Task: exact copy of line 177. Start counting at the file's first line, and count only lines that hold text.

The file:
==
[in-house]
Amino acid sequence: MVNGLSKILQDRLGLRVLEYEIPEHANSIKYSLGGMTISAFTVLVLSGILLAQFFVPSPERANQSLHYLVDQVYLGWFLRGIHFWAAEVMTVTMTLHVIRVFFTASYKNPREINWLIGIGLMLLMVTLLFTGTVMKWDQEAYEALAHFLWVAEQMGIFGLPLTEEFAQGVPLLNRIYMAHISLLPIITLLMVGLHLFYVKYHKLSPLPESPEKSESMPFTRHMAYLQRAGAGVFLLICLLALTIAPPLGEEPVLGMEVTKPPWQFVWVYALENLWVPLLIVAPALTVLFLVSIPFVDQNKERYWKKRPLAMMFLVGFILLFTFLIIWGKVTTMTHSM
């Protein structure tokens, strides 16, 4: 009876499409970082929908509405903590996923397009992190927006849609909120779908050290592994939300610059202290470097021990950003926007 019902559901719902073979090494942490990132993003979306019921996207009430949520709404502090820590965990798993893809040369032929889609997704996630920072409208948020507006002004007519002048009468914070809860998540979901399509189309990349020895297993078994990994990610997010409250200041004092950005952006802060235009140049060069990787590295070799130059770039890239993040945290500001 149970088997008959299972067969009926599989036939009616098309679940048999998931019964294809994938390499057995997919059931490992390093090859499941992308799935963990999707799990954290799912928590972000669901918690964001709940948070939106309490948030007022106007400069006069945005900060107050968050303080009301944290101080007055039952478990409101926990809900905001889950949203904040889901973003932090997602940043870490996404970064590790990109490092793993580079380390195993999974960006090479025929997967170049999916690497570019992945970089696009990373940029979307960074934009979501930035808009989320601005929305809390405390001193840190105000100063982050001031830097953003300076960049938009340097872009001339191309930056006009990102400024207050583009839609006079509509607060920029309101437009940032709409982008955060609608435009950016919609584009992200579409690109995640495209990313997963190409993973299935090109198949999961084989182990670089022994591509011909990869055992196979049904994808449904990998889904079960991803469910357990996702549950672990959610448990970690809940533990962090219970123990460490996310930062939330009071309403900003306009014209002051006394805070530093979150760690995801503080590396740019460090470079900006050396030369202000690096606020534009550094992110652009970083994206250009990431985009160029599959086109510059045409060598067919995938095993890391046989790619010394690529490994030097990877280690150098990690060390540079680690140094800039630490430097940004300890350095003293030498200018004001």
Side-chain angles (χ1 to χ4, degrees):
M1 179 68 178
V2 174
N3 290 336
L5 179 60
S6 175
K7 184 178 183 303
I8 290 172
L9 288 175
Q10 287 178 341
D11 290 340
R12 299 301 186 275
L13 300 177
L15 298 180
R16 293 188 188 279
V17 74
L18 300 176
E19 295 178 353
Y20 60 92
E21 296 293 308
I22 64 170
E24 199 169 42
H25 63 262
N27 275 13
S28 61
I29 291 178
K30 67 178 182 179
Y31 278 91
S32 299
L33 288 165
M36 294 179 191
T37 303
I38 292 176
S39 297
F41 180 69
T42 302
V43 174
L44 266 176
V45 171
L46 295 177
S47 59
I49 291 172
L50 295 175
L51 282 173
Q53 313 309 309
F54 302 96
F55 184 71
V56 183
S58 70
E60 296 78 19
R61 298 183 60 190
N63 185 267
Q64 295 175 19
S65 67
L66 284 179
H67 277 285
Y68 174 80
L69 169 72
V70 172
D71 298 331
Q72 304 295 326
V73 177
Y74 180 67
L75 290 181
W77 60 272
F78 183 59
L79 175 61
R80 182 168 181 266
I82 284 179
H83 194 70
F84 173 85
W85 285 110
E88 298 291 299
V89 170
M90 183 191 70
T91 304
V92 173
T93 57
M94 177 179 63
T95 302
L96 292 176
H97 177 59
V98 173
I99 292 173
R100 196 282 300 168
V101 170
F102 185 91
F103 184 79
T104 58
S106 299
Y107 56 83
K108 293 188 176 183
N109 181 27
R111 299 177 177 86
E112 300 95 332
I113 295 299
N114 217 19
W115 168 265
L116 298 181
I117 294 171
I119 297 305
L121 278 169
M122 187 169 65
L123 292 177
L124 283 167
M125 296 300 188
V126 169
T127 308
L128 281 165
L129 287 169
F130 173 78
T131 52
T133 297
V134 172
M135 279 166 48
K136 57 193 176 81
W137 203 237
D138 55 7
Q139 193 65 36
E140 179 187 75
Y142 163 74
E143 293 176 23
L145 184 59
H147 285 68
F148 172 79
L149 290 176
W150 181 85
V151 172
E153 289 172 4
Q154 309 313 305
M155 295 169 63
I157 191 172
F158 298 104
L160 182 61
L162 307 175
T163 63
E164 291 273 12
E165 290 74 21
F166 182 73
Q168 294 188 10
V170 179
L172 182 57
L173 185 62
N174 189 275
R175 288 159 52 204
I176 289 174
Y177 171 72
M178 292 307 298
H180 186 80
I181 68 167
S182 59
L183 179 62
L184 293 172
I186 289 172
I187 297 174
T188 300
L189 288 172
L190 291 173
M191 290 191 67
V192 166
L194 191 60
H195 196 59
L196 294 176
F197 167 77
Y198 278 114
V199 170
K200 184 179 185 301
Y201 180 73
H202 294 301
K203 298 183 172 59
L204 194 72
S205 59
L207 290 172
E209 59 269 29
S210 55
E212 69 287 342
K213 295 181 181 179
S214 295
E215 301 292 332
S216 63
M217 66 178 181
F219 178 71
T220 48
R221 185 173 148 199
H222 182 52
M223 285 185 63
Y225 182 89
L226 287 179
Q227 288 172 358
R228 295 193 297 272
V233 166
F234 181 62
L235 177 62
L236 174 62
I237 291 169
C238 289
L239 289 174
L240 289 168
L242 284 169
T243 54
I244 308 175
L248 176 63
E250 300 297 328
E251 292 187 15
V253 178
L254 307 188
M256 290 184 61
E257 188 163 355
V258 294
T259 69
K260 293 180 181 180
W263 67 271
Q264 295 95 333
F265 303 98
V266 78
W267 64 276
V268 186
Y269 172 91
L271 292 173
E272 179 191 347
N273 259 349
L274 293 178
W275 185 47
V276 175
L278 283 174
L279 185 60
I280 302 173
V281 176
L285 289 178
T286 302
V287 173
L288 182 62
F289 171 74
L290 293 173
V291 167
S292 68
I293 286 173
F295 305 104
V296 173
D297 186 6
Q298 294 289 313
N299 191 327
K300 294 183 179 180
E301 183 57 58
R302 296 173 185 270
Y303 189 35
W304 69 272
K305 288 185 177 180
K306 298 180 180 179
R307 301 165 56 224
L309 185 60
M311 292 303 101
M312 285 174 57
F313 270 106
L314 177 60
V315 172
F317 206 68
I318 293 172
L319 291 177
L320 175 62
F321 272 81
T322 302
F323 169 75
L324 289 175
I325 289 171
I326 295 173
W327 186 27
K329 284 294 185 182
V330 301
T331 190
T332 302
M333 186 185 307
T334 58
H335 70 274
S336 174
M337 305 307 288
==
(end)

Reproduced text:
E209 59 269 29